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Long Beach Restaurant Loudly Defies COVID-19 Rules as Hospitals Ration Care

Plus, Lunetta goes dark for a bit, Pasjoli offers a subscription model, a newcomer in Atwater Village, and good news in Hollywood

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A white Spanish stucco restaurant shown from the outside at daytime.
Restauration, Long Beach
Farley Elliott is the Senior Editor at Eater LA and the author of Los Angeles Street Food: A History From Tamaleros to Taco Trucks. He covers restaurants in every form, from breaking news to the culture, people, and history that surrounds LA's dining landscape.

Long Beach restaurant Restauration has come under continued fire in recent weeks for refusing to shut down its on-site dining. While the restaurant is not allowing diners to eat inside — as some like La Scala in Beverly Hills were offering recently — owner Dana Tanner is still openly seating people on Restauration’s patio, in direct defiance of regional public health orders put out by state officials. Long Beach also has its own public health department, which has similarly banned all on-site dining within city limits. Tanner says she is undeterred, and will continue to seat those who ask, in part to keep her employees from being laid off. “I’m not going to let them go down,” she recently told the Long Beach Post, adding: “I just wish more restaurants would join us in staying open.”

Local public health and code enforcement officials are aware of Restauration’s refusal, and have already issued warnings to the restaurant. That hasn’t stopped them from continuing to publicly announce their on-site dining on social media — or from getting deluged with negative reviews on Yelp. Further visits by city officials could result in escalating fines and a loss of necessary business licensing.

Los Angeles County, meanwhile, is considered to be among the most dangerous places in America as the coronavirus continues to spread wildly within its ten million-plus residents. Intensive care unit beds are at an all-time low, hospitals have begun to ration care, and one person is dying every 15 minutes from COVID-19.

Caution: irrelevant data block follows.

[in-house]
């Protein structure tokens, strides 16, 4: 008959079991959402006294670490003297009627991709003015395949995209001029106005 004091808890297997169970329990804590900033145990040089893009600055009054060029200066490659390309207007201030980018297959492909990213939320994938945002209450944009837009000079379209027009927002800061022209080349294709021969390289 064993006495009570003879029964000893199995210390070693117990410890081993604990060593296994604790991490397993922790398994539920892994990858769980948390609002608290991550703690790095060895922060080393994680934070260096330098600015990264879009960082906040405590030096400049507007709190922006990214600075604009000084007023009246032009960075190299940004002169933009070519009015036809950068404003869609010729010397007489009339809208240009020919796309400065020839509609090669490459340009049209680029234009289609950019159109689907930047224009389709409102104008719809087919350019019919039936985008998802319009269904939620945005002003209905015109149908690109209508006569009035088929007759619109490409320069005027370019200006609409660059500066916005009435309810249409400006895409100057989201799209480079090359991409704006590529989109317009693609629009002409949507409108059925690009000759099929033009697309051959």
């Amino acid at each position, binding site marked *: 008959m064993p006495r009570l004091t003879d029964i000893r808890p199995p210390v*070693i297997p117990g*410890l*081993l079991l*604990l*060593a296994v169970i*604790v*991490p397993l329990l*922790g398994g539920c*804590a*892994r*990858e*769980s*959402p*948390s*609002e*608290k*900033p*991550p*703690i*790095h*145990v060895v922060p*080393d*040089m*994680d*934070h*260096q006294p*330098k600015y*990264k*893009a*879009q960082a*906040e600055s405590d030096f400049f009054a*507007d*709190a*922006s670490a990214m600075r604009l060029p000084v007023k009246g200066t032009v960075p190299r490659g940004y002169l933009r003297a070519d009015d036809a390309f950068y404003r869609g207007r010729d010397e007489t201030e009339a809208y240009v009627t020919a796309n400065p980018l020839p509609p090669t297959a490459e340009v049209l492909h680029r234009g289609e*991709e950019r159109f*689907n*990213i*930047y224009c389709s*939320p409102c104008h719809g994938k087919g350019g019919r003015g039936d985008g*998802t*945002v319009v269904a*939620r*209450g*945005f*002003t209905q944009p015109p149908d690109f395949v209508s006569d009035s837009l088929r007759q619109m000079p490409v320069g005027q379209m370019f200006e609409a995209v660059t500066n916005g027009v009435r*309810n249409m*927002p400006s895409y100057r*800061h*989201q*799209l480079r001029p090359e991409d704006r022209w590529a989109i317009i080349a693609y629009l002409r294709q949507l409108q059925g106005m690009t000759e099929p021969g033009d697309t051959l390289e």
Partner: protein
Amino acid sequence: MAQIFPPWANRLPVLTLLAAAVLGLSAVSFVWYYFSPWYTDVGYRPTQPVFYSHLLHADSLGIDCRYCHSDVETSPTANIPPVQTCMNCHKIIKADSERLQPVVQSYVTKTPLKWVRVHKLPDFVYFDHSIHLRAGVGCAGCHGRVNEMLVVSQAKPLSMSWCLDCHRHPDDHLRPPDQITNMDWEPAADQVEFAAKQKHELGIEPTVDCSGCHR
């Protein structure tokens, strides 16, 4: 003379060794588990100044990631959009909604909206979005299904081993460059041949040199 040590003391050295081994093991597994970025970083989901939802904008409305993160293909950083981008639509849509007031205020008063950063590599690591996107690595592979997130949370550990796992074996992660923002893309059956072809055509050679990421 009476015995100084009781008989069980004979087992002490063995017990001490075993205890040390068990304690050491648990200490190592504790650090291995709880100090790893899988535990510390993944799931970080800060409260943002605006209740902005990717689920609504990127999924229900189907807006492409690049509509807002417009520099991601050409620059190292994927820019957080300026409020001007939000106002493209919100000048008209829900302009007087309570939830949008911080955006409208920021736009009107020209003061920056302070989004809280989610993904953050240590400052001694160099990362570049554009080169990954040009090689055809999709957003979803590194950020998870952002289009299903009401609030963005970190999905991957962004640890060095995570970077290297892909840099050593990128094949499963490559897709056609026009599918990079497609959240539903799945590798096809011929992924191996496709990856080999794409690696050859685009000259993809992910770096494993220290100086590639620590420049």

In other news:

  • Lunetta is taking a break for a bit. The Santa Monica restaurant made the announcement via email blast, saying ownership and staff would “pause for the next few weeks to stay healthy, spend time with our families and get some much needed rest as we regroup for a positive and healthy New Year.” The plan is to reopen in February.
  • Santa Monica high-end French restaurant Pasjoli is offering a subscription model for the new year. Chef/owner Dave Beran’s Main Street spot will offer paid tiers of ongoing access to things like pastries, cocktails, and wine.
  • A small new takeaway wine and provisions shop called Wine & Eggs is opening on January 20 in Atwater Village, at 3127 12 Glendale Boulevard.
  • Culver City’s Piccalilli is now offering takeaway and delivery banh mi sandwiches as part of an in-house pop-up. A full menu of offerings can be found here.
  • Speaking of Pasjoli, former chef de cuisine Matthew Kim has left the restaurant to focus on a new project called Oui’d, a high-end cannabis edibles company. His last day at Pasjoli was December 30.
  • Everytable is now open in Hollywood. This new location (complete with coffee from Black-owned Hot & Cool Cafe) is part of the company’s social equity franchising program, which trains and pays some new franchisees to help “close the racial wealth gap” and “invest in marginalized entrepreneurs.” Hollywood’s franchisee is Dorcia Whitebrake from South Los Angeles.
  • Downtown underground pizza maker Dough Daddy is teaming up with award-winning bar Death & Co. for a one-day event on January 15. The Dough Daddy crew will cook out of the Death & Co. Arts District space, doing packages of medium or large Detroit-style pizzas, plus a caesar salad and pre-batched cocktail, all to be ordered in advance via Tock.